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Virtual Wesley's House

On November 1st (All Soul's Day), John Wesley commissioned two houses to be built on either side of the courtyard. This one, for his own use and the other for visiting preachers. They were both designed by George Dance and built by a local builder and one-time preacher, Samuel Tooth. (The other house was demolished in the late 19th century).

Wesley moved into this house on October 9th 1779. He was to use it as his London base during the winter months. He spent the rest of the year, travelling the length and breadth of the country on horseback, spreading the word of God.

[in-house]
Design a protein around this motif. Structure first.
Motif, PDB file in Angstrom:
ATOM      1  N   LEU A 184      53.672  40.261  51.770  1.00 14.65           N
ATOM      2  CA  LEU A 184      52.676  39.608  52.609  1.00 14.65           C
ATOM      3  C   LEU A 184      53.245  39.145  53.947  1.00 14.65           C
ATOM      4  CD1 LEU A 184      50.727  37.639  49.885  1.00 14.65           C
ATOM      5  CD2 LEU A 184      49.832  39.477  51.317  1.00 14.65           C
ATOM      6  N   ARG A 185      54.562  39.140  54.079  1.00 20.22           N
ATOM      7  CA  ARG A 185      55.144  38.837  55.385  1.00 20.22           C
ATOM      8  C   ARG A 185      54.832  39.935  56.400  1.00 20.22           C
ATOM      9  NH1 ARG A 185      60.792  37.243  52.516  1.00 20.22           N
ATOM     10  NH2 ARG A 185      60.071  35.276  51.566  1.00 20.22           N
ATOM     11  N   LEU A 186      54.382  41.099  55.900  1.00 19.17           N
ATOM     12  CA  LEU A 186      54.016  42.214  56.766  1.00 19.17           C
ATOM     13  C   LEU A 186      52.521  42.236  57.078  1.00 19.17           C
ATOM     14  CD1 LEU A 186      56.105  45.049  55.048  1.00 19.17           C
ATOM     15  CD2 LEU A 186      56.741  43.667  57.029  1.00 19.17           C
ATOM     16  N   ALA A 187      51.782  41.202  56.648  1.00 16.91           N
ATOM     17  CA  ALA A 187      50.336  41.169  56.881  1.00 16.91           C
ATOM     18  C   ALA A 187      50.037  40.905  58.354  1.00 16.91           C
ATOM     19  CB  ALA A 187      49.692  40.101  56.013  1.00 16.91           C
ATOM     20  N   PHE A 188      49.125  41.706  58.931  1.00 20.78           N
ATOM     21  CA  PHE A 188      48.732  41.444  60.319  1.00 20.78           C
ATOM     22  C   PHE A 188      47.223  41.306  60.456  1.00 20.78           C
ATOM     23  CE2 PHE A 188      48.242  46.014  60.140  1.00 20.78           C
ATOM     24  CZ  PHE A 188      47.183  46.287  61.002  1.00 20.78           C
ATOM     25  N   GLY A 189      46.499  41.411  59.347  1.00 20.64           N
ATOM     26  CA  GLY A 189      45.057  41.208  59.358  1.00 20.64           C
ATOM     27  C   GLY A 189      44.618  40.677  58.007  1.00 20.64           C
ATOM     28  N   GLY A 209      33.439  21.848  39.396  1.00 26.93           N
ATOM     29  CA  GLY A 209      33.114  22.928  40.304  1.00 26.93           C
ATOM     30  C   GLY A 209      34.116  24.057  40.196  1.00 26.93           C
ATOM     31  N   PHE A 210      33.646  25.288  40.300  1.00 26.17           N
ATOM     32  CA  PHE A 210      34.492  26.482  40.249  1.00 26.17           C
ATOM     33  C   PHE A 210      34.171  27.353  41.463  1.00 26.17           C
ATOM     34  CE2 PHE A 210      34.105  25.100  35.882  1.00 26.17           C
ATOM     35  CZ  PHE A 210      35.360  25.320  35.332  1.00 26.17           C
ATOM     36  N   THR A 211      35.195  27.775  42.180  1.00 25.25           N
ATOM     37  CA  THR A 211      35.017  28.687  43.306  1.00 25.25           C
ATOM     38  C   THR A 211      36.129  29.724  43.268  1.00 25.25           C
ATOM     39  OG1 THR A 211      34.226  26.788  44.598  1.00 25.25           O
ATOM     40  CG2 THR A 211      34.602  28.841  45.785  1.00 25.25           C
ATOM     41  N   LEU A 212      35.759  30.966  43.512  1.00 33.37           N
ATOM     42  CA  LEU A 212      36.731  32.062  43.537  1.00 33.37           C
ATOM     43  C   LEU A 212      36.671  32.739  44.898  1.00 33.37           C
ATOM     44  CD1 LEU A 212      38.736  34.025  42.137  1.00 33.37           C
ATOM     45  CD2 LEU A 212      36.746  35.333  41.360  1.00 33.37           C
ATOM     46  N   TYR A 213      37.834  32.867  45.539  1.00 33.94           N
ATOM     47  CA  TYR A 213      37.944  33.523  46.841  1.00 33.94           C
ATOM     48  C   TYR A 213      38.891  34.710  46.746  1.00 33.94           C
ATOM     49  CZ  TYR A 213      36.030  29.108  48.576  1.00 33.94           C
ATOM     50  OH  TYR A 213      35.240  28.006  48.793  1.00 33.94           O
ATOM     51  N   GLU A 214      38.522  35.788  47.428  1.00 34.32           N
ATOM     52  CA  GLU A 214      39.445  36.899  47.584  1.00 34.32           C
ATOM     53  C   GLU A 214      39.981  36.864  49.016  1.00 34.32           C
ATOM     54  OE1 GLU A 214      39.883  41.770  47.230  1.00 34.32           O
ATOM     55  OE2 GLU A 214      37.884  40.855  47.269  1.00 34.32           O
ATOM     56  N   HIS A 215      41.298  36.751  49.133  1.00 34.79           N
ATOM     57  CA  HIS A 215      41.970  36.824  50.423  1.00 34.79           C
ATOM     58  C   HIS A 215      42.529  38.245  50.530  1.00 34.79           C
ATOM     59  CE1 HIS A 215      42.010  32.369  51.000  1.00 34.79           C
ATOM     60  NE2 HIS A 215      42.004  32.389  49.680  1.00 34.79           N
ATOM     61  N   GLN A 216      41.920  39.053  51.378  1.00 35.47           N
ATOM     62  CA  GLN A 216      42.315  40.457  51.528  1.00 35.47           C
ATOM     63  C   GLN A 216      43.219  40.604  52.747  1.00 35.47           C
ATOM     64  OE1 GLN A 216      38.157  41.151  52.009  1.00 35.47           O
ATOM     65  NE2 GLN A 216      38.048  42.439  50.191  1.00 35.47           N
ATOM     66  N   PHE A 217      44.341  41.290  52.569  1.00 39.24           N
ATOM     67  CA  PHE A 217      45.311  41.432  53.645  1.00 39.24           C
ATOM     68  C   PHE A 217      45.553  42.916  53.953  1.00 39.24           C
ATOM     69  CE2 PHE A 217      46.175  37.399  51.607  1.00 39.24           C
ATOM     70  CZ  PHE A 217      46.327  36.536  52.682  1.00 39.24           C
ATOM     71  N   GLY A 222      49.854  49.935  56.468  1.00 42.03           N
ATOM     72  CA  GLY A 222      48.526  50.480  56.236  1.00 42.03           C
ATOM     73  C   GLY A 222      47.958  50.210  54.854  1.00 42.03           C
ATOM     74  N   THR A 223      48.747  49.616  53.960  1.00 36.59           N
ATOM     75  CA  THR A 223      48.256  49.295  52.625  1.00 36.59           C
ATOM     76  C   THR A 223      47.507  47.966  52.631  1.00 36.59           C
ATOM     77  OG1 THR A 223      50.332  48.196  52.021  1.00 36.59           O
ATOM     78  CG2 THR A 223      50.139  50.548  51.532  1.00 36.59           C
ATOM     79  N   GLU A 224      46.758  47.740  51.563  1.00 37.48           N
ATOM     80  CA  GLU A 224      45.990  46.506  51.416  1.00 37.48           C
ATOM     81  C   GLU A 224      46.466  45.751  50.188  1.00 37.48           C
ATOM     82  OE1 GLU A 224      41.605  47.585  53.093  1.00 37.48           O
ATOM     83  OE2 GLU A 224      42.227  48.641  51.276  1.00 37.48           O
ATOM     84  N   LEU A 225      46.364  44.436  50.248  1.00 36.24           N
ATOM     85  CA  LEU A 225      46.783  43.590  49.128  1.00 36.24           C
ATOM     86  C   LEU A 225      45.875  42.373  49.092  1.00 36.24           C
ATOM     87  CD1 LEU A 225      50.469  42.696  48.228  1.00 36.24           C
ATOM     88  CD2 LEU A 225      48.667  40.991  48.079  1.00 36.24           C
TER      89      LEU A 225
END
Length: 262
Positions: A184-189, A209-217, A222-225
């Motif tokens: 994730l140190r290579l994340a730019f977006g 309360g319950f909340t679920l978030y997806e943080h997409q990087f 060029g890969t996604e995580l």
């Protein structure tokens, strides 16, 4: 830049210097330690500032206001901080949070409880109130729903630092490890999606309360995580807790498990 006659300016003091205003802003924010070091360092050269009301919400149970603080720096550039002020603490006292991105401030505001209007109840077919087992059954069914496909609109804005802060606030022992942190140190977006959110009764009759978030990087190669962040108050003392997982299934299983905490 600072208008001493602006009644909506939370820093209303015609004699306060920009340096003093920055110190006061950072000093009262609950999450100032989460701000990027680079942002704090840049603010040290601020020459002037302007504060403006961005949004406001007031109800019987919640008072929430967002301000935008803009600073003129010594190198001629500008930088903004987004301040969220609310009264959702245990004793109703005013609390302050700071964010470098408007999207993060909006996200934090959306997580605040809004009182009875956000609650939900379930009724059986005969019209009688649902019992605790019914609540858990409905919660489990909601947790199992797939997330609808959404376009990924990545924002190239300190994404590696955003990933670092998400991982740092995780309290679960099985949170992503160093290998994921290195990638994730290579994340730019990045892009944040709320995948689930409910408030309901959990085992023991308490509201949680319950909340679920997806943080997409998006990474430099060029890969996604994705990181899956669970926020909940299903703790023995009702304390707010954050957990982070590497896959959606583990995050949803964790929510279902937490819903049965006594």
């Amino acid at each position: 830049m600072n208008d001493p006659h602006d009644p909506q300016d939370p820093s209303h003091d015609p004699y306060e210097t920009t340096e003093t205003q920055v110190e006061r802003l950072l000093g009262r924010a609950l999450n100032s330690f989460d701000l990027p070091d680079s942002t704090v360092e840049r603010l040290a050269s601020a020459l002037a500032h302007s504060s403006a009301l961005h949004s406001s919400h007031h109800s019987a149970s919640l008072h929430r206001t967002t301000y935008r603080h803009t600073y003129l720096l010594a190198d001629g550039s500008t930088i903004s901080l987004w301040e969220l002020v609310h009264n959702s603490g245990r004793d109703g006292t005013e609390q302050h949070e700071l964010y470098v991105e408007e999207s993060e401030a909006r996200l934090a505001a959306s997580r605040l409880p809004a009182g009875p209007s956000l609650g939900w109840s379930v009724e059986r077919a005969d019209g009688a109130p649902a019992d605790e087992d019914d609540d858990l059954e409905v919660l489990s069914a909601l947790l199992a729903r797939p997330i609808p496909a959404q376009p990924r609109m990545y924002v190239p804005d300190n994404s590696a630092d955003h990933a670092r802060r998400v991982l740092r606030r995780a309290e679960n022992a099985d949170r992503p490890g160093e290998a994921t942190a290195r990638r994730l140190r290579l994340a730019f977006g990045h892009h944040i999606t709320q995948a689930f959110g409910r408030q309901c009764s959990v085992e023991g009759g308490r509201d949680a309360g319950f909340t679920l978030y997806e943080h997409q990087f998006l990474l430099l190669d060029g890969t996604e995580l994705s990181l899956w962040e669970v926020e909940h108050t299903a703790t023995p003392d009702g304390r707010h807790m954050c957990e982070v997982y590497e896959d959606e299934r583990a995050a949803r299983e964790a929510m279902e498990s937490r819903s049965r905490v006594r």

As Wesley's wife had left him some years earlier, he lived as a bachelor and occupied the first floor. The remainder of the house was used by visitors, preachers and servants. Wesley often referred to those staying in the house as his 'family'

After Wesley's death in 1791, the work at Wesley's Chapel continued and the house became the residence of the Superintendent Minister of the Chapel. In 1898, after extensive restoration, John Wesley's House was opened to the public as a museum.

Enter the parlour

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Exterior | Kitchen | Museum Room | Back Parlour | Dining Room | Study | Wesley's Bedroom | Prayer Room | Preacher's Bedroom | Travellers Quarters | Third Floor

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49 City Road, London EC1Y 1AU
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